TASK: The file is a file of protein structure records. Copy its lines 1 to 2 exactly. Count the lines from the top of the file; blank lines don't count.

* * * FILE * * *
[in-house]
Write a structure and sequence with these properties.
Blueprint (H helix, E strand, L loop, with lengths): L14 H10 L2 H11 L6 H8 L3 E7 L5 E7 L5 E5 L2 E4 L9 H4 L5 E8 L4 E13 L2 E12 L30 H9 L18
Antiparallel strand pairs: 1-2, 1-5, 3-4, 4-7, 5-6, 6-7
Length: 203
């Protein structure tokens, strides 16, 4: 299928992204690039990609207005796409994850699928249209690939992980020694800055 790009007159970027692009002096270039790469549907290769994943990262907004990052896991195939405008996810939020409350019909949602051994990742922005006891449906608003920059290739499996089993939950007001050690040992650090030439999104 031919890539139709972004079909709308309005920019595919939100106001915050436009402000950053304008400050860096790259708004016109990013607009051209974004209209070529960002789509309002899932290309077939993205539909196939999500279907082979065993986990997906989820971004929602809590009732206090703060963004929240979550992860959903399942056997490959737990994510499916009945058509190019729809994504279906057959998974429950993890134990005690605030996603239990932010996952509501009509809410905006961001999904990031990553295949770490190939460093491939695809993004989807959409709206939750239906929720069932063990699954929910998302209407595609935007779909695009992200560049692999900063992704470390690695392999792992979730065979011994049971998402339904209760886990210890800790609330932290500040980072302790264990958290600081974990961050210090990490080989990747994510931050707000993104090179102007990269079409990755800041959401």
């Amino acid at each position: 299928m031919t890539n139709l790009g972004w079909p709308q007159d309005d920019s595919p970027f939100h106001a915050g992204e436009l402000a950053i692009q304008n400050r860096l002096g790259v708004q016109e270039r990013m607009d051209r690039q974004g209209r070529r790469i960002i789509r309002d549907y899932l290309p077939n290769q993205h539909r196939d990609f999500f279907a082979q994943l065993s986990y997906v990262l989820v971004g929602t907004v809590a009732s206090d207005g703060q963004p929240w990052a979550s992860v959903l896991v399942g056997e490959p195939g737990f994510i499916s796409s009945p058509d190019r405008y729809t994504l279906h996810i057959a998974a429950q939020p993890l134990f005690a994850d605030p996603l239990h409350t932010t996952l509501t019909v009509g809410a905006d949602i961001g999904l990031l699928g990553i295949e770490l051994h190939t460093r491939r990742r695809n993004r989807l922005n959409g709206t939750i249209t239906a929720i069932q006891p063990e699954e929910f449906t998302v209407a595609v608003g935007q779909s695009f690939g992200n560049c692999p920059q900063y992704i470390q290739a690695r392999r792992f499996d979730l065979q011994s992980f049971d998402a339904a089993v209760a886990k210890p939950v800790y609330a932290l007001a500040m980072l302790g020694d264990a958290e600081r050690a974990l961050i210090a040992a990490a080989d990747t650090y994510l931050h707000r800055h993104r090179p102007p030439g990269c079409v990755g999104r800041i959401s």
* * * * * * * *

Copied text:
[in-house]
Write a structure and sequence with these properties.